Devotional Thoughts for Today
“A Shattered Reputation”
Very early in the morning, the chief priests, with the elders, the teachers of the law and the whole Sanhedrin, made their plans. So they bound Jesus, led him away and handed him over to Pilate. 2 “Are you the king of the Jews?” asked Pilate. “You have said so,” Jesus replied. 3 The chief priests accused him of many things. 4 So again Pilate asked him, “Aren’t you going to answer? See how many things they are accusing you of.” 5 But Jesus still made no reply, and Pilate was amazed. 6 Now it was the custom at the festival to release a prisoner whom the people requested. 7 A man called Barabbas was in prison with the insurrectionists who had committed murder in the uprising. 8 The crowd came up and asked Pilate to do for them what he usually did. 9 “Do you want me to release to you the king of the Jews?” asked Pilate, 10 knowing it was out of self-interest that the chief priests had handed Jesus over to him. 11 But the chief priests stirred up the crowd to have Pilate release Barabbas instead. 12 “What shall I do, then, with the one you call the king of the Jews?” Pilate asked them. 13 “Crucify him!” they shouted. 14 “Why? What crime has he committed?” asked Pilate. But they shouted all the louder, “Crucify him!” 15 Wanting to satisfy the crowd, Pilate released Barabbas to them. He had Jesus flogged, and handed him over to be crucified.
After having worked for a financial corporation in New York City for several years, I have learned that a common theme running through today’s corporate culture is branding. Whether it’s the status of our company or our personal reputation, managing our standing is given high priority. Thus, we meticulously display our best selves on our resumes and social media, and minimize our weaknesses by terming them “areas of improvement.” And if any false accusations are leveled against us—whether through gossip or hearsay—we act quickly to dispel those rumors to maintain our reputation.
In contrast, today’s reading displays Jesus, the only perfect man to have walked this earth, staying silent (v.5) despite being falsely accused (v. 3). Even an outsider like Pilate was able to discern that the ill treatment towards Jesus was based on envy as opposed to justice (v. 10). And when Pilate asked the crowd what wrong Jesus had committed (v.14), there was no response to his question, only further cries to “crucify him” (v.15). Why did Jesus accept such vile treatment?
One possibility is that Jesus knew His mission from the Father and only lived to do His will (John 4:34). Luke notes that “when the days drew near for him [Jesus] to be taken up, he set his face to go to Jerusalem.” Like a solider, Jesus did not entangle Himself in civilian pursuits but only aimed to please God (2 Tim. 2:4). Knowing that fulfilling His Father’s mission involved being despised by others (Isa. 53:3), Jesus endured the abuse and completed His task. The irony of it all is that He will eventually be praised by all men (Phil. 2:9-11).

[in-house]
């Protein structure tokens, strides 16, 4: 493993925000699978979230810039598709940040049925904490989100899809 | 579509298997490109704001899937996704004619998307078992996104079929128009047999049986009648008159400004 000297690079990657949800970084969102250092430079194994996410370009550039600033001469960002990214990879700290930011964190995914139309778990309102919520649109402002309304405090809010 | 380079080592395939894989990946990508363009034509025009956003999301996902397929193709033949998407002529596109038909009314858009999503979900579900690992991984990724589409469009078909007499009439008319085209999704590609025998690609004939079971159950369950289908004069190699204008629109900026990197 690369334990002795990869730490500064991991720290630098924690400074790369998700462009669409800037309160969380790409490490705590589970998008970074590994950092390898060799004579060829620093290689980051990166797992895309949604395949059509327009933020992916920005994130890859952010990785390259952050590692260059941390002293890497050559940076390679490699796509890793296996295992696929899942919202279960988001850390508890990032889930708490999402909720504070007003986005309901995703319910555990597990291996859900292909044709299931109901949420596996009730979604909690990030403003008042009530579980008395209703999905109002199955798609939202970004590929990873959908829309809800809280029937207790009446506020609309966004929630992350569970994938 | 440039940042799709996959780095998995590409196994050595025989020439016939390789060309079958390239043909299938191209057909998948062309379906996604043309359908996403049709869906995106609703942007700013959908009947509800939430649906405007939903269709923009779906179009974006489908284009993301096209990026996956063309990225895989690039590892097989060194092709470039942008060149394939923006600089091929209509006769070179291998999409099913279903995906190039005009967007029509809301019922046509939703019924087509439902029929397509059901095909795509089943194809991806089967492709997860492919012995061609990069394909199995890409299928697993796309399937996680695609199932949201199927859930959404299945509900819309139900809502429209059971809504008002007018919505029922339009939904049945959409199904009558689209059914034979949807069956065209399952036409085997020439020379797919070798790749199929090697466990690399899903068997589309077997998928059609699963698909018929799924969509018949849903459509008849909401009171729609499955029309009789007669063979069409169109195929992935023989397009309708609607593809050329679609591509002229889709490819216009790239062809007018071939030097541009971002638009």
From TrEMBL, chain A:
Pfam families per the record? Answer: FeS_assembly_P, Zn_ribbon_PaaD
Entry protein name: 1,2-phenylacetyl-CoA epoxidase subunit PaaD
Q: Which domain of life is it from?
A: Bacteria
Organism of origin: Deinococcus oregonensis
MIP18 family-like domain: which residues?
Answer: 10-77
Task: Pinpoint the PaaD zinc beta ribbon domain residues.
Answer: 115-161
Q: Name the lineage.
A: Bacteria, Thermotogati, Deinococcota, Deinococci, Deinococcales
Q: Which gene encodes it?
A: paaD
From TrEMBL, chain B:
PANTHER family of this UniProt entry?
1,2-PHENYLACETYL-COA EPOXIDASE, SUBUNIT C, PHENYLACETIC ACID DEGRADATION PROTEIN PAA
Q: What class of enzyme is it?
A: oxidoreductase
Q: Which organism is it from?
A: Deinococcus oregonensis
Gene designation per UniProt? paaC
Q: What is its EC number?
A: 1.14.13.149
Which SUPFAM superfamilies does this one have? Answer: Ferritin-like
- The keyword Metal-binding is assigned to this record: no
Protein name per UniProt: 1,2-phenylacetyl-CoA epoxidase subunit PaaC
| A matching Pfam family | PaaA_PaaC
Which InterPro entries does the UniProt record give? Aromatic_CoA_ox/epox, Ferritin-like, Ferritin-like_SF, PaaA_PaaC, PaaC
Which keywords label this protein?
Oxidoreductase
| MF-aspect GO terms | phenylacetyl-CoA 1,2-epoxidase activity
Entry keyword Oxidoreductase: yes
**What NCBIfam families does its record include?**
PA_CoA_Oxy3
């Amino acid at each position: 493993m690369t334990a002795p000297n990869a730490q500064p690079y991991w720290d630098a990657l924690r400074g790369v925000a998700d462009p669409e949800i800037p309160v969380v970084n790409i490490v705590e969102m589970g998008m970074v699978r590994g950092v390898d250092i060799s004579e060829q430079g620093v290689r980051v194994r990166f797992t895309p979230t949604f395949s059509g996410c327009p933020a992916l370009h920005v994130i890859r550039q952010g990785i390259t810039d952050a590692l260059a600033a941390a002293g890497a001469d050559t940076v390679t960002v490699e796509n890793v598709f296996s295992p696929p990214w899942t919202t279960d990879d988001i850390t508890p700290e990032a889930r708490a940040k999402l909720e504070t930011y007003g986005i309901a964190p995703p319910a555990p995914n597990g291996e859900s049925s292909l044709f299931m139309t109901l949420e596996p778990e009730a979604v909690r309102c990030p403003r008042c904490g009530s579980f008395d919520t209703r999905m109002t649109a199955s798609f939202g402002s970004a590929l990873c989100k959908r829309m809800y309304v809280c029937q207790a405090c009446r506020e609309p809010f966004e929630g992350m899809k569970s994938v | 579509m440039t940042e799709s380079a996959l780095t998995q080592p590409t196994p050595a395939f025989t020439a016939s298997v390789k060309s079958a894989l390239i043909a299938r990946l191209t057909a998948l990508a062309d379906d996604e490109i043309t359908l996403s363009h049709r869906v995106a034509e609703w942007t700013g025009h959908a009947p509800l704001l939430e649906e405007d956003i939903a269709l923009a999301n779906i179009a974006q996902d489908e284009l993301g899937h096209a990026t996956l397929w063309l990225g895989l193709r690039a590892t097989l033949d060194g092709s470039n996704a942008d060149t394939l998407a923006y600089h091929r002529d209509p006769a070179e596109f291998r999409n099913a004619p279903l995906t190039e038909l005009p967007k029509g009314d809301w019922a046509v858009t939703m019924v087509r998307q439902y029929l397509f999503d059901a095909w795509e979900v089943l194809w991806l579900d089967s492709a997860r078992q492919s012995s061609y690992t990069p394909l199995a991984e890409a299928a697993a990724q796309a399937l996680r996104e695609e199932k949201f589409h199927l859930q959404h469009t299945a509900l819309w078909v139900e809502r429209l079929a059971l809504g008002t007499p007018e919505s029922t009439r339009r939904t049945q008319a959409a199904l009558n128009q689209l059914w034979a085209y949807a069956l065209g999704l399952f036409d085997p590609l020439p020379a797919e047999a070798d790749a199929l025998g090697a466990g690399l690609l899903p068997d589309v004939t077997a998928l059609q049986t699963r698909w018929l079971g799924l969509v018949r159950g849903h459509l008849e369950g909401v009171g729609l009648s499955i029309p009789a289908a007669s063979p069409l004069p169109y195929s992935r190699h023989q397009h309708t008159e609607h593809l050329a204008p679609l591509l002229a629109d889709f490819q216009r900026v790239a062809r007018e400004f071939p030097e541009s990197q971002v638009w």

As believers today, are we getting involved in the wrong battles? Are we diverting precious time and effort from kingdom work by curating our reputations? When we hear something about ourselves that we may not like, perhaps deeper understanding and reconciliation can be achieved by trying to understand, instead of instantly defending ourselves. And even if such words about us are wholly false, let us take comfort that He who knew no sin (2 Cor. 5:21) was not immune to such attacks. Let us ask Him for His strength today.
Prayer: Lord, I confess that I care too much about what others think or say about me. I confess that I spend time putting out these fires, instead of resting in the righteousness that You have given me. Give me the wisdom to discern when to speak and when to be silent. And thank You that in Your eyes, I am fully righteous because of the work of Christ. In Your Name I pray, Amen.
Bible Reading for Today: 2 Timothy 2
Lunch Break Study
Read Isaiah 50:5-9: “The Sovereign Lord has opened my ears; I have not been rebellious, I have not turned away. 6 I offered my back to those who beat me, my cheeks to those who pulled out my beard; I did not hide my face from mocking and spitting. 7 Because the Sovereign Lord helps me, I will not be disgraced. Therefore I have set my face like flint, and I know I will not be put to shame. 8 He who vindicates me is near. Who then will bring charges against me? Let us face each other! Who is my accuser? Let him confront me! 9 It is the Sovereign Lord who helps me. Who will condemn me? They will all wear out like a garment; the moths will eat them up.”
Questions to Consider
- How does Jesus resemble the Suffering Servant in this passage?
- Why does the Suffering Servant have such boldness and confidence in verses 8-9?
- Do you have such trust and confidence in God?
- Jesus did not turn away from His accusers (v.5-6). He took comfort that God the Father would keep Him from disgrace and set His face like a flint to carry out God’s will (v.7).
- He has tremendous trust in the Lord, who vindicates Him (v.8) and helps Him (v.9). As Christians, we, too, can have the same confidence that it is the work of Christ, not our own actions that justify us.
- Personal response.
Unlike Jesus, we are not perfect people. Even the harshest of criticism or slander may have a sliver of truth. If you have been the recipient of some choice words, ask God for His help to discern what may actually be helpful.